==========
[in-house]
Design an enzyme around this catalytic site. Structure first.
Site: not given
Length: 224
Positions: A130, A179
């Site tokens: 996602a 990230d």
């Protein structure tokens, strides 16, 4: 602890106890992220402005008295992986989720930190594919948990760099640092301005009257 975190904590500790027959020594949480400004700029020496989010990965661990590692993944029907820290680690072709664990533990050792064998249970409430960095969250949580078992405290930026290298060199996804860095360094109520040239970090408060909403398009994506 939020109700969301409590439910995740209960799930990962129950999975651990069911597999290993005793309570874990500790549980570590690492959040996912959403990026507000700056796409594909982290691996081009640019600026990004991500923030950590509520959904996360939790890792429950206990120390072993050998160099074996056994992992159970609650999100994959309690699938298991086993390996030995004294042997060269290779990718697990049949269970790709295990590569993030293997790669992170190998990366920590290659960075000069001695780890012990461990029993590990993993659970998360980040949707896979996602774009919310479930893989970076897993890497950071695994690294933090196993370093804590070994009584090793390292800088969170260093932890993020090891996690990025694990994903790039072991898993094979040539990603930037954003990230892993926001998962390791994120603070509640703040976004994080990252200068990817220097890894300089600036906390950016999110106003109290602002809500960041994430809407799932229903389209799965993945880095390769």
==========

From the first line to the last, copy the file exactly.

[in-house]
Design an enzyme around this catalytic site. Structure first.
Site: not given
Length: 224
Positions: A130, A179
């Site tokens: 996602a 990230d």
């Protein structure tokens, strides 16, 4: 602890106890992220402005008295992986989720930190594919948990760099640092301005009257 975190904590500790027959020594949480400004700029020496989010990965661990590692993944029907820290680690072709664990533990050792064998249970409430960095969250949580078992405290930026290298060199996804860095360094109520040239970090408060909403398009994506 939020109700969301409590439910995740209960799930990962129950999975651990069911597999290993005793309570874990500790549980570590690492959040996912959403990026507000700056796409594909982290691996081009640019600026990004991500923030950590509520959904996360939790890792429950206990120390072993050998160099074996056994992992159970609650999100994959309690699938298991086993390996030995004294042997060269290779990718697990049949269970790709295990590569993030293997790669992170190998990366920590290659960075000069001695780890012990461990029993590990993993659970998360980040949707896979996602774009919310479930893989970076897993890497950071695994690294933090196993370093804590070994009584090793390292800088969170260093932890993020090891996690990025694990994903790039072991898993094979040539990603930037954003990230892993926001998962390791994120603070509640703040976004994080990252200068990817220097890894300089600036906390950016999110106003109290602002809500960041994430809407799932229903389209799965993945880095390769």